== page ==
When I first heard that Dimension Pictures was planning a fourth Scream movie, some eleven years after the trilogy ended, I was pretty skeptical. I was a big fan of the original film as a loving send-up of horror movies. It was the rare film that managed to actually be a great example of the very genre it was attempting to parody. The second movie did the same with horror sequels. The third movie… well… wasn’t as good as the first two (a fact I largely attribute to the departure of series creator Kevin Williamson as screenwriter), but I thought it had its strong points, and brought some nice, circular closure to the trilogy.
Coming back with a fourth installment over a decade later? The first thing that came to mind was, “Cash grab.” After all, the Weinstein Company — which took Dimension with it when the founders left Disney-owned Miramax — still hasn’t had the megahit it really wants. Revisiting the movie that is, arguably, the Weinsteins’ biggest success to date reeks of a studio that wants money badly.
I was slightly encouraged by the news that Neve Campbell, Courtney Cox, and David Arquette would all be returning. I was more encouraged to hear that writer Kevin Williamson and director Wes Craven were both returning as well. Cox certainly doesn’t need the money, and Craven has been known to walk away from a series when it started to suck (Nightmare on Elm Street) only to return and do one of the best installments (New Nightmare). And while I’m not sure if it was a good thing or a bad thing, when Williamson said he had ideas to make Scream 4 part of a second trilogy (although he wouldn’t begin work on 5 until he saw how 4 was received) I found that particularly interesting.
But perhaps the thing that interests me the most is when Williamson said that the new movie will be a dissection of horror films of the 21st century. The original Scream, in 1996, was largely an examination of the horror films of the 80s — slasher movies with a certain set of rules and tropes. Horror movies today are a lot different than that. Many of most popular ones are usually paranormal in nature (something the Scream films have never been), lighter on the gore and heavier on the suspense — or at least an attempt at suspense, as very often such films fall short. Either that, or crappy remakes. I’m very curious as to exactly how Williamson can reconcile such films with the universe he created in the original Scream series.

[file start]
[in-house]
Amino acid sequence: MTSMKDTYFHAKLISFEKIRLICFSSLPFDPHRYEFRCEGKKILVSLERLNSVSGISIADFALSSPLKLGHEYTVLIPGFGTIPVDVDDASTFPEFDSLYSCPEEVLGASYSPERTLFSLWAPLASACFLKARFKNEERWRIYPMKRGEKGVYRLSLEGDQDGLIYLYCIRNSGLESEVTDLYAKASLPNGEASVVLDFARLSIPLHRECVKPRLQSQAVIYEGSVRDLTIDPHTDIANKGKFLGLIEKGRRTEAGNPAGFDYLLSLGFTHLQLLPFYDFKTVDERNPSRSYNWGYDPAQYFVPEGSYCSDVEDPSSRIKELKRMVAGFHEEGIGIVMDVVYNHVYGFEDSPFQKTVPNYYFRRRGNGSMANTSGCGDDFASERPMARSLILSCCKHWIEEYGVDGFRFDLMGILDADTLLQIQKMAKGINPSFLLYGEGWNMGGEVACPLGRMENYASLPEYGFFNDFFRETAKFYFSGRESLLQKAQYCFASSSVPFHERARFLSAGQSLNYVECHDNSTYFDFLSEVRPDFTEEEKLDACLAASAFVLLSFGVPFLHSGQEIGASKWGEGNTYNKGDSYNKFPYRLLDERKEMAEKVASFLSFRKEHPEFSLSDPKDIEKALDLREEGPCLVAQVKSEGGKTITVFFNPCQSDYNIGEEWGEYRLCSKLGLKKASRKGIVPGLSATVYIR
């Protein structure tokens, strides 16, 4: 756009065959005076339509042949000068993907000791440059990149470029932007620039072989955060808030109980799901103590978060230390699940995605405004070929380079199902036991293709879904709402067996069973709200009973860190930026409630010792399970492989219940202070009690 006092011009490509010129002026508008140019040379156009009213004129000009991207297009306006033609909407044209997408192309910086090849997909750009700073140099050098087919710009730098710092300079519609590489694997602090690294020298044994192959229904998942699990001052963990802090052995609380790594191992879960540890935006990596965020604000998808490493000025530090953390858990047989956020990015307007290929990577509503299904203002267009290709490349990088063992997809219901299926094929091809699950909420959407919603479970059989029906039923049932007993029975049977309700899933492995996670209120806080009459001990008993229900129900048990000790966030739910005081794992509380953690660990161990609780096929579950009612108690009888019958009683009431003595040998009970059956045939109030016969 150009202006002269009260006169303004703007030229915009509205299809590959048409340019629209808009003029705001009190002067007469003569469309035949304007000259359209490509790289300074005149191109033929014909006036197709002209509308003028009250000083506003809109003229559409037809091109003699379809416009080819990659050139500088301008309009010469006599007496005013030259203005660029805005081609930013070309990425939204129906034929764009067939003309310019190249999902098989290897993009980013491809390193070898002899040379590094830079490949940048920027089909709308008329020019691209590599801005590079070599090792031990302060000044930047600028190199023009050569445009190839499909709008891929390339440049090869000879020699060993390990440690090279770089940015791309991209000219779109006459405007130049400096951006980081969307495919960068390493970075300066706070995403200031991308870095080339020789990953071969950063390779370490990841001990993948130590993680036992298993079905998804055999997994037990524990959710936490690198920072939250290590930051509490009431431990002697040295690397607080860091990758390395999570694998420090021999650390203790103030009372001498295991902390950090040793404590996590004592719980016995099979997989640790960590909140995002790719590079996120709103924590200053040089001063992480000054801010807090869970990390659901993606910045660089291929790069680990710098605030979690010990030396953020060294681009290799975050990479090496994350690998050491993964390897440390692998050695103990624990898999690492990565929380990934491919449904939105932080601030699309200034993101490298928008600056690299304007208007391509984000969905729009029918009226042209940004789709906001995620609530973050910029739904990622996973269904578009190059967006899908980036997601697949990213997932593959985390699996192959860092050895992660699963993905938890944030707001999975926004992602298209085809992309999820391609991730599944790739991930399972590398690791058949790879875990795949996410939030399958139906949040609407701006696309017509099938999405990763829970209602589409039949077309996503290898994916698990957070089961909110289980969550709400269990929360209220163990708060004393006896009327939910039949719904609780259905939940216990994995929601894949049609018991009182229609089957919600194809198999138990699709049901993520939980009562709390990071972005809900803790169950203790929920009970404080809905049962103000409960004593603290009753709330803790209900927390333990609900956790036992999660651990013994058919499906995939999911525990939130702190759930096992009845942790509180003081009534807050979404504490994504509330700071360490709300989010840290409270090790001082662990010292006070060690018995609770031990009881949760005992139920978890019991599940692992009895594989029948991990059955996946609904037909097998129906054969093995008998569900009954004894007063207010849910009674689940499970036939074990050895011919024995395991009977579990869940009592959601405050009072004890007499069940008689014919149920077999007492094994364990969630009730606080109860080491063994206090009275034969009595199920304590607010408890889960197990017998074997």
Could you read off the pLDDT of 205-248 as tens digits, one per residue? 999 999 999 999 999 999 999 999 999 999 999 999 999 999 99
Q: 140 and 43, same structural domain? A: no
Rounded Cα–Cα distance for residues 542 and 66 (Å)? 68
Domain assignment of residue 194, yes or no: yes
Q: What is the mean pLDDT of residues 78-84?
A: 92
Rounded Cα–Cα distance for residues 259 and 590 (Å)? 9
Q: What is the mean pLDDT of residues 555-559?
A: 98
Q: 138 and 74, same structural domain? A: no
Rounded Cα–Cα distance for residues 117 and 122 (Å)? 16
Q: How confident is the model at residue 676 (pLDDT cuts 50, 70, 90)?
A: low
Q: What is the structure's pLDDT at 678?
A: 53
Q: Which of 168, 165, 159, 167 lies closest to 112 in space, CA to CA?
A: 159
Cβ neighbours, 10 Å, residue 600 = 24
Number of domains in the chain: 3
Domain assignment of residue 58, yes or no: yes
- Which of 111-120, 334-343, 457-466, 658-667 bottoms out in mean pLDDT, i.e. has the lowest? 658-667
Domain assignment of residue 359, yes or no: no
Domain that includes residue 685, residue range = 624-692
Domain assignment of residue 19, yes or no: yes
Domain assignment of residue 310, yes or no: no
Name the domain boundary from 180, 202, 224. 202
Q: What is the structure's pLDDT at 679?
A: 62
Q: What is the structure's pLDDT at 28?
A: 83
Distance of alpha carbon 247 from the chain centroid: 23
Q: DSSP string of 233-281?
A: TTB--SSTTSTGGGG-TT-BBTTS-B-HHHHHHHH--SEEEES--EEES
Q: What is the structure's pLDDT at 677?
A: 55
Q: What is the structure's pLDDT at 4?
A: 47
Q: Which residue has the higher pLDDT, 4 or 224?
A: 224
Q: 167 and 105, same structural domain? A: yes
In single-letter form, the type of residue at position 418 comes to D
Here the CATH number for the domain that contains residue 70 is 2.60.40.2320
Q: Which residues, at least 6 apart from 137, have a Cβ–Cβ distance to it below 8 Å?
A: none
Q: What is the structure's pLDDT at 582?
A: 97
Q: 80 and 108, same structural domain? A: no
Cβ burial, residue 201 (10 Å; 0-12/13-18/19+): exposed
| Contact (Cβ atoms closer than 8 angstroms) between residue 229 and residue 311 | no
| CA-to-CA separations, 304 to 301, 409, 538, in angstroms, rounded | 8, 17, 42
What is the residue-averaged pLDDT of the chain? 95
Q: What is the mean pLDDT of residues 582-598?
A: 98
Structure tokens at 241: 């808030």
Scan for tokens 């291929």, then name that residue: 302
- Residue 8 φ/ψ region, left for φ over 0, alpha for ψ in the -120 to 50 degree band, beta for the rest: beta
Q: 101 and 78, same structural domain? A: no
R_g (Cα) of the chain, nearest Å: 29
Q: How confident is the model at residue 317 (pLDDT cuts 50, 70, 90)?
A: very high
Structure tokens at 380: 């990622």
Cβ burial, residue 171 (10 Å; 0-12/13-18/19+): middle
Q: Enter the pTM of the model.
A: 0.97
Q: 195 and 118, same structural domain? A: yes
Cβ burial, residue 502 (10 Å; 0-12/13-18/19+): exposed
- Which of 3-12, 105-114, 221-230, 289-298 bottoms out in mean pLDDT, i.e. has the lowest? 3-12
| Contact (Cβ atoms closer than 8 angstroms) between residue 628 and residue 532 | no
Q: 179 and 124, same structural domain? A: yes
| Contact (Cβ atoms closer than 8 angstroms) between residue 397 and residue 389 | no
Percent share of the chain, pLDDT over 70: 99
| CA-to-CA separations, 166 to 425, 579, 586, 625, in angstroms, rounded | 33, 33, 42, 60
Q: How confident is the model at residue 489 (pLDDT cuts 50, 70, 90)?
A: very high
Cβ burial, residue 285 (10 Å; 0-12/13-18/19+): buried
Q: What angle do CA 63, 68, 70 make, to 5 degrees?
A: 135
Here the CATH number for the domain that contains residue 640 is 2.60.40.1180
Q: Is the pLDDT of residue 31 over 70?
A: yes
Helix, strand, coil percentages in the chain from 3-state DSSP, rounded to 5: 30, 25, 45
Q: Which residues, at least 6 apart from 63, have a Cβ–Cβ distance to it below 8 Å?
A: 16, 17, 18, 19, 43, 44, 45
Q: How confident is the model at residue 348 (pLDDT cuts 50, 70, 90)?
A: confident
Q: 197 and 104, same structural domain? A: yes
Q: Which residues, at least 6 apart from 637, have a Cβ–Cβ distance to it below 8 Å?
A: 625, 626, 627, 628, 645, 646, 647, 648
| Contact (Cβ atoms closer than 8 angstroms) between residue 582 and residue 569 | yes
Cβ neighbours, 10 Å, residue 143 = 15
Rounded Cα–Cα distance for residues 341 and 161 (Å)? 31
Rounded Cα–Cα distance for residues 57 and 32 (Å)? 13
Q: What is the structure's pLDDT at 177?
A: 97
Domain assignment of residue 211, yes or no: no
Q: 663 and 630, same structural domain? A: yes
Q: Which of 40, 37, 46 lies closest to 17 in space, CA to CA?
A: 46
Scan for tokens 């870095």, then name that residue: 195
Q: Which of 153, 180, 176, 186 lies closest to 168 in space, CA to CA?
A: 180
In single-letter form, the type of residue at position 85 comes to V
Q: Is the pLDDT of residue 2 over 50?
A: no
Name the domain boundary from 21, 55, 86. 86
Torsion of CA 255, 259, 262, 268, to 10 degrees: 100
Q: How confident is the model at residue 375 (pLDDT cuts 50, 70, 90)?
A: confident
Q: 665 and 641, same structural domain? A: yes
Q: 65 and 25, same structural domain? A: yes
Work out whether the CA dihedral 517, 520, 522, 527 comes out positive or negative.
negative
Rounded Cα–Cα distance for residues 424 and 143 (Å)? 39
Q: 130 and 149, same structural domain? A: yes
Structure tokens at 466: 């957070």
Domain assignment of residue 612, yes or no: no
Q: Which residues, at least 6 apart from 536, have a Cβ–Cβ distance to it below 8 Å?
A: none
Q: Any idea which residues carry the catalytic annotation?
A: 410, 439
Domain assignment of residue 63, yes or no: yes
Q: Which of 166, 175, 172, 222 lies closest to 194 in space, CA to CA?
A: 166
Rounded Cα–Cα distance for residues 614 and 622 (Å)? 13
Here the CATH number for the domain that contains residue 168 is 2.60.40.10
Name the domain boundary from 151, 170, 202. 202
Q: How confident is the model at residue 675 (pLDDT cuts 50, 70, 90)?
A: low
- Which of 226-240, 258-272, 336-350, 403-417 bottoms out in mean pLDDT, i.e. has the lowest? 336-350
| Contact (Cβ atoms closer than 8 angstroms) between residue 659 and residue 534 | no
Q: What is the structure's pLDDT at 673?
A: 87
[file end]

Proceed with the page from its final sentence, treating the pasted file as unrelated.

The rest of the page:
The rest of the popular horror flicks are in the “Torture Porn” variety, the one that Saw made popular, that Hostel made ubiquitous, and that The Human Centipede makes so completely absurd. The Scream films were never that heavy on violence, but the over-the-top set pieces and elaborate twists and turns those movies take… well, that would fit into the Scream wheelhouse nicely, wouldn’t it?
I’m not sure what, exactly, will make me happy in a Scream 4 or in a new Scream trilogy. There are a few things I won’t be happy about, and those all focus on the three remaining characters: Campbell’s Sidney Prescott, Arquette’s Dewey Riley, and Cox’s Gale Weathers.
First of all, if any of them turns out to actually be the killer (or one of the killers), I’ll be pissed. These three survivors each went through a good, solid character arc in the original trilogy. To see any of them, after so much time, revert to being a murderer would really disrespect who they were back then.
Second, if any of them are killed in the new film’s opening scene. I wouldn’t be surprised if any, or all of them were to die before the second series ended, mind you. Both 2 and 3 included the deaths of one of the survivors of the original film. Now we’ve only got three original survivors left, and if there are three more movies, I could see Williamson killing off one in each film. But I wouldn’t want to see them die in the opening scene. Again, that would feel disrespectful to characters who have been through so much. If any of them die, I want to see them go out in a big way.
I also would really want a shout out, at least a small one, to Jamie Kennedy’s character from the older films. Just because Randy Meeks was awesome.
Other than that, I don’t think I have any expectations. But I am interested in what’s coming next. So I’ll see Scream 4 next weekend with an open mind. Craven and Williamson, I think, have earned that much.